PA 09-13—sSB 899

Judiciary Committee


SUMMARY: This act redefines “marriage” as the legal union of two persons. On October 1, 2010, it transforms same-sex civil unions into marriages unless they have been annulled or the couple has divorced or is in the process of dissolving their relationship. It exempts clergy; churches; and IRS-qualified, church-controlled organizations from officiating or participating in a marriage ceremony that violates their religious freedom or beliefs. It also (1) provides certain other religious organizations legal protections for refusing to provide services related to marriage ceremonies; (2) leaves unchanged the authority of fraternal benefit societies to determine membership and beneficiaries; and (3) permits religiously-affiliated organizations that provide adoption, foster care, or social services to operate in the manner they choose so long as those specific programs or purposes do not receive state or federal funds.

The act also repeals provisions in prior law that:

1. declare that the current public policy of the state is limited to marriage between a man and a woman and

2. define marriage as the union of one man and one woman.

It establishes a rule controlling when marriages or substantially similar relationships formed in other jurisdictions must be recognized in Connecticut and gives other jurisdictions the discretion to recognize same-sex marriages and substantially similar relationships formed in Connecticut.

Many of the act's provisions conform statutes to the Connecticut Supreme Court's decision in Kerrigan v. Dept. of Public Health, which held that it is unconstitutional to restrict marriage to heterosexual couples.

EFFECTIVE DATE: Upon passage, except the repeal of the civil union statutes and some conforming provisions are effective October 1, 2010.


Beginning on the date the act passes and until September 30, 2010, parties to Connecticut civil unions may apply for marriage licenses if they are eligible to marry. After the marriage is solemnized and the license certificate is filed with the appropriate vital statistics registrar, their civil union merges into a marriage.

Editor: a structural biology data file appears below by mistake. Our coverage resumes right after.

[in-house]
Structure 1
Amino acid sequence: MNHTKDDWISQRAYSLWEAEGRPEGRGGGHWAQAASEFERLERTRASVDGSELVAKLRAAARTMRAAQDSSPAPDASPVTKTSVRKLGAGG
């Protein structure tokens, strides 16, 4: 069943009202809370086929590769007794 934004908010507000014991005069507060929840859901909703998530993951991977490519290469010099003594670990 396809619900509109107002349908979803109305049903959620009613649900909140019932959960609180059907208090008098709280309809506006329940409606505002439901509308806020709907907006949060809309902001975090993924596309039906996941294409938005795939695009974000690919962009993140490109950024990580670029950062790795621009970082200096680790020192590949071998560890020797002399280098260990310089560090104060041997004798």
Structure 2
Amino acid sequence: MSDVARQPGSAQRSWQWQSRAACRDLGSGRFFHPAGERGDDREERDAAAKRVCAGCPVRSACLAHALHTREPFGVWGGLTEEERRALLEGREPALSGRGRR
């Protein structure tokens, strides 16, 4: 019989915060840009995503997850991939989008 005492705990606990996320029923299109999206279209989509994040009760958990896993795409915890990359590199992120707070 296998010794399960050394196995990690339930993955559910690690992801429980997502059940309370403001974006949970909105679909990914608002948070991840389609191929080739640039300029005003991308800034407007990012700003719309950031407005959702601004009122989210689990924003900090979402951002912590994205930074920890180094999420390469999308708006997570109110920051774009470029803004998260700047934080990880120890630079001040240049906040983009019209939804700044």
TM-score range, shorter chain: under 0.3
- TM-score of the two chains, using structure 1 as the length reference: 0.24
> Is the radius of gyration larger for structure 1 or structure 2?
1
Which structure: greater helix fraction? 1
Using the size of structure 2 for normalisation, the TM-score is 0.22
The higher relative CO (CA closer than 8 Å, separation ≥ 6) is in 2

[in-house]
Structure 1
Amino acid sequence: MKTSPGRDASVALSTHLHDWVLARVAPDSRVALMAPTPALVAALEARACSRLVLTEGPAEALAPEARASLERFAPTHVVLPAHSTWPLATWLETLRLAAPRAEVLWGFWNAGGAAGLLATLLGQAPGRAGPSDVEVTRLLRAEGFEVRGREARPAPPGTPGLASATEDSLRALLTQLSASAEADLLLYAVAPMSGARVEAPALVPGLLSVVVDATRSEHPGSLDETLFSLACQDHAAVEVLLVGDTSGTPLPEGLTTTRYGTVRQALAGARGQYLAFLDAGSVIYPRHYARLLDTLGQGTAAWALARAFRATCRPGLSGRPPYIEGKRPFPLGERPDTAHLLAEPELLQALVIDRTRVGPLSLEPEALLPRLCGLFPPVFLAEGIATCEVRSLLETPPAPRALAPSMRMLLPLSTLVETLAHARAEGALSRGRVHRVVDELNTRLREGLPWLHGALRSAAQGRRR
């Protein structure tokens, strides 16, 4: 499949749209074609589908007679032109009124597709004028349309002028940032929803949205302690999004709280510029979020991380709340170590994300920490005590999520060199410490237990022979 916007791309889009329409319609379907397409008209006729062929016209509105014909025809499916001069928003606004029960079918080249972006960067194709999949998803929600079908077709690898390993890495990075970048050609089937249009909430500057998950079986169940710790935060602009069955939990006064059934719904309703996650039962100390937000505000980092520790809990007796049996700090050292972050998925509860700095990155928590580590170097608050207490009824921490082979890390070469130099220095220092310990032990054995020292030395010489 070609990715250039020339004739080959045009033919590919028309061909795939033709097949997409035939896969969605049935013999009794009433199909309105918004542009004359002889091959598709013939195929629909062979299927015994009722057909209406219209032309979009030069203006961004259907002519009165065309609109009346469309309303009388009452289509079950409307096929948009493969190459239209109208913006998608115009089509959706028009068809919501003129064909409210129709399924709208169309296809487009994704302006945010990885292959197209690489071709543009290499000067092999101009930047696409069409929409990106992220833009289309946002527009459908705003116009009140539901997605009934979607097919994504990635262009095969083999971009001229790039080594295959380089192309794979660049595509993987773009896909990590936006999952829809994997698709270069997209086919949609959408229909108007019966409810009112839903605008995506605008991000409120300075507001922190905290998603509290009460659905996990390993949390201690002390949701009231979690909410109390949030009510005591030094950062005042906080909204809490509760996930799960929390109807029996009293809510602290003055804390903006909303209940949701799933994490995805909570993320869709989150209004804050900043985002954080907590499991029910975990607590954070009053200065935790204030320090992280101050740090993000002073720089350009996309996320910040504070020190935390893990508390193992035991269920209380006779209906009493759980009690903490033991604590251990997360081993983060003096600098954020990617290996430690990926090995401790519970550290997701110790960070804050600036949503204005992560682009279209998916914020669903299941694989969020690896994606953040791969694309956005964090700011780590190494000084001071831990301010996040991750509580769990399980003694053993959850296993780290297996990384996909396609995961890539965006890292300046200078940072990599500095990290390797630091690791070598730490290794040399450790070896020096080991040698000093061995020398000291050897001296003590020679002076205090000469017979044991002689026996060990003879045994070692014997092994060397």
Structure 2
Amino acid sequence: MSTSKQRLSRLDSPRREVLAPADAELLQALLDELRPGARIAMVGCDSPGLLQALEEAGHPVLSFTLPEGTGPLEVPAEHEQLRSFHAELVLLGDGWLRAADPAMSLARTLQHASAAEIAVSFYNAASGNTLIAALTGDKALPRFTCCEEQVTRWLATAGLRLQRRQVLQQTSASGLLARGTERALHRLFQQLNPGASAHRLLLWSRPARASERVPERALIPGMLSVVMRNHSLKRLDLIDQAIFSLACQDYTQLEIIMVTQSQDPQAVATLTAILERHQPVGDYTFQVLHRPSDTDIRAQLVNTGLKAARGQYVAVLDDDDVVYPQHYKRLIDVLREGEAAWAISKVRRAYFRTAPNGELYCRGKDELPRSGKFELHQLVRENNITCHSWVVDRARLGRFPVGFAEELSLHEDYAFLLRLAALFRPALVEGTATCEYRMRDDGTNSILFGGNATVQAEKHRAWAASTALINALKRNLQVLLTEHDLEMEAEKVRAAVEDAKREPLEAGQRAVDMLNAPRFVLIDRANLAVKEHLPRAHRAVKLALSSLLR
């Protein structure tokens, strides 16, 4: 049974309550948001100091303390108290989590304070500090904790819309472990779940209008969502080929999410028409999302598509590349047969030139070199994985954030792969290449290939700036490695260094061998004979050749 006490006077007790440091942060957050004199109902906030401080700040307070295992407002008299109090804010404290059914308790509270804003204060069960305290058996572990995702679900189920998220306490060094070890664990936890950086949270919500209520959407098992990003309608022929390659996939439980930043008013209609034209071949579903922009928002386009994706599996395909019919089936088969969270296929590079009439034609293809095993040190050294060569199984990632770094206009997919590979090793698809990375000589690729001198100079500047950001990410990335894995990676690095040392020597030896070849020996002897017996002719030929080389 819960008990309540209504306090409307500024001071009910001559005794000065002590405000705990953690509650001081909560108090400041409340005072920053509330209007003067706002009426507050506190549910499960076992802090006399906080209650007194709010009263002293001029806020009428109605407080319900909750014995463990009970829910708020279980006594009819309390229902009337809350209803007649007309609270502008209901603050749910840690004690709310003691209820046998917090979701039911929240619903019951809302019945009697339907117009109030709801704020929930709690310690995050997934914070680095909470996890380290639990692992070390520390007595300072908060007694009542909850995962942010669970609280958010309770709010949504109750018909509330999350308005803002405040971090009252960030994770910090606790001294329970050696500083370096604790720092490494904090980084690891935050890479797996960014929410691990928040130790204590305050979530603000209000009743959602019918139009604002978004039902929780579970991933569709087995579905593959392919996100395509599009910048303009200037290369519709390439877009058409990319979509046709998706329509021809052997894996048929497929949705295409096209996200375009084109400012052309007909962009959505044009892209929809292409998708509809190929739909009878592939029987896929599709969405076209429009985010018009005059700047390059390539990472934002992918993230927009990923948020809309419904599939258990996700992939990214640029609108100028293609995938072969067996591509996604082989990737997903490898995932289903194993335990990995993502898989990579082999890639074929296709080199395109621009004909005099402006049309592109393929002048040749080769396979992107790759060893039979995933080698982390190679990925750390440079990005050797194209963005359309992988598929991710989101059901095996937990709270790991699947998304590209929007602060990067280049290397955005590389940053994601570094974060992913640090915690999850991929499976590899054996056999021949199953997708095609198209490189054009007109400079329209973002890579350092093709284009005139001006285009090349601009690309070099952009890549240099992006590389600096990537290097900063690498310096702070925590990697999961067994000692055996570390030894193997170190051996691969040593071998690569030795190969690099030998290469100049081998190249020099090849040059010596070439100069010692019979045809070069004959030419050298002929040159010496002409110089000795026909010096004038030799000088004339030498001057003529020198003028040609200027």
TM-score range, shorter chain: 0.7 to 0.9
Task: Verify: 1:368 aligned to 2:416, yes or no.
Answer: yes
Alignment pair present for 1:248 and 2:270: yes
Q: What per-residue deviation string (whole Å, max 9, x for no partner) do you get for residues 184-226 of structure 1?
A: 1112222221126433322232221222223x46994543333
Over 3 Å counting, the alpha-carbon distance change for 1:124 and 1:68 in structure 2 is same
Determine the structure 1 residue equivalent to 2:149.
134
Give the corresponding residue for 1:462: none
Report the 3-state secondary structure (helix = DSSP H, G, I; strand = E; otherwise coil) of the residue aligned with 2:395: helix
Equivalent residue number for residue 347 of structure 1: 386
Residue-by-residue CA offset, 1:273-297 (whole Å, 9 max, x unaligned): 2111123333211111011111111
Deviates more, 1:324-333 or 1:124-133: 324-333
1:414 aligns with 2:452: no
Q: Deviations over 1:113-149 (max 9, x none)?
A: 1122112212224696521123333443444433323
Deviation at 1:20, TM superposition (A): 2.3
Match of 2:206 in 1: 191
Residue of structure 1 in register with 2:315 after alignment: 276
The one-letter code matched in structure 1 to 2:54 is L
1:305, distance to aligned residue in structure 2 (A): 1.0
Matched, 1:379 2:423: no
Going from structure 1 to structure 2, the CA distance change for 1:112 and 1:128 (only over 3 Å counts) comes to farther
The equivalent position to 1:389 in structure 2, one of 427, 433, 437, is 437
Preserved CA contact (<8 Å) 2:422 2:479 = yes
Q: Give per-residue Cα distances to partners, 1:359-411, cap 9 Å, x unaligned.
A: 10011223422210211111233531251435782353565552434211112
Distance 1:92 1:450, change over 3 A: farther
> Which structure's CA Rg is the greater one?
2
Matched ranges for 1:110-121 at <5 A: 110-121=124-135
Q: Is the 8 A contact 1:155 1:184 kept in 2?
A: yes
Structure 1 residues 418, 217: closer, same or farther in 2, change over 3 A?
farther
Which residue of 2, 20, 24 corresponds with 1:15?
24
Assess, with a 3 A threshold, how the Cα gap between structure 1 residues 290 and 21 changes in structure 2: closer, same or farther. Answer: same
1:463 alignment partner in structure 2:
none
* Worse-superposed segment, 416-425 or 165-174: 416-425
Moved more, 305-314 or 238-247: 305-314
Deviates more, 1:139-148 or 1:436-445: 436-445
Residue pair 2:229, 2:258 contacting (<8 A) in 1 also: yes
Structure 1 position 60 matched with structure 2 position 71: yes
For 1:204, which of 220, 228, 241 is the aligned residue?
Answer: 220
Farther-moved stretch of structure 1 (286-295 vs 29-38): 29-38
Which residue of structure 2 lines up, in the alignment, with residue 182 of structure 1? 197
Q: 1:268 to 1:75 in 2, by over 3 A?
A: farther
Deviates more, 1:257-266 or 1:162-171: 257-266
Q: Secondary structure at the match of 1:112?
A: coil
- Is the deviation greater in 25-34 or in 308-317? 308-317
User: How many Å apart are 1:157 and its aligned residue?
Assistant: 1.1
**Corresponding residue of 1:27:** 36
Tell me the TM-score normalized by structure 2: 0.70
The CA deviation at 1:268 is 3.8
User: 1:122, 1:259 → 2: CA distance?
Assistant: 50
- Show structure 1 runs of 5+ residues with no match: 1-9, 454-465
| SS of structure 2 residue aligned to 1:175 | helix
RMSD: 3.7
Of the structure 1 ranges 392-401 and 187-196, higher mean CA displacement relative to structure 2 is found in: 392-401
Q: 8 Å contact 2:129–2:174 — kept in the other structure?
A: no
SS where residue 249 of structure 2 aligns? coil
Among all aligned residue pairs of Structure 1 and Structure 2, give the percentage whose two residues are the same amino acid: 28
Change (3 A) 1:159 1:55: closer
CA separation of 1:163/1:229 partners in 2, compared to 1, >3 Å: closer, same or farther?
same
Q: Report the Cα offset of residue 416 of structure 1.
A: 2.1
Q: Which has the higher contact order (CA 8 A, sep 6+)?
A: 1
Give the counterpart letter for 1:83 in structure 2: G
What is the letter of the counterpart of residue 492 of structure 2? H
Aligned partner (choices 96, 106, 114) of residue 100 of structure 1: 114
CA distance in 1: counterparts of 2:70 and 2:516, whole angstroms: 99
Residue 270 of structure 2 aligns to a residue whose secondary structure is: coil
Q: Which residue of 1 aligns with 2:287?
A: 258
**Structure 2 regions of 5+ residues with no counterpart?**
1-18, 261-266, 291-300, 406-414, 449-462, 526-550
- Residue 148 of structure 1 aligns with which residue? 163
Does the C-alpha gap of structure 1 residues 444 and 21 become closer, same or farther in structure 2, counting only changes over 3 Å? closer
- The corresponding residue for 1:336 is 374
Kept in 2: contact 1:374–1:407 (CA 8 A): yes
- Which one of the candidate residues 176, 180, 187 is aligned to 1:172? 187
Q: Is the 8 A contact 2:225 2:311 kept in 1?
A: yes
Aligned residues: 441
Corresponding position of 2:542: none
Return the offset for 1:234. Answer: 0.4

On October 1, 2010 civil unions merge into marriages unless the couple has, or is in the process of divorcing or annulling their civil union merge into marriages by operation of law. The act states that the mergers do not impair or affect any action or proceeding brought before October 1, 2010, any accrued right or benefit, or any responsibility incurred prior to that date. The relationships that have not merged on October 1, 2010 because of pending dissolution, annulment, or legal separation are governed by the civil union statutes in effect on September 30, 2010.


Religious Organizations

The act specifies that a religious organization, association, or society; or any nonprofit institution or organization operated, supervised, or controlled by one of these entities is not required to provide services, accommodations, advantages, facilities, goods, or privileges to an individual if:

1. the request is related to the solemnization of a marriage or celebration of a marriage and

2. the solemnization or celebration is in violation of its religious beliefs and faith.

It specifies that the refusal does not subject the entity to civil liability or allow the state to penalize or withhold benefits from it.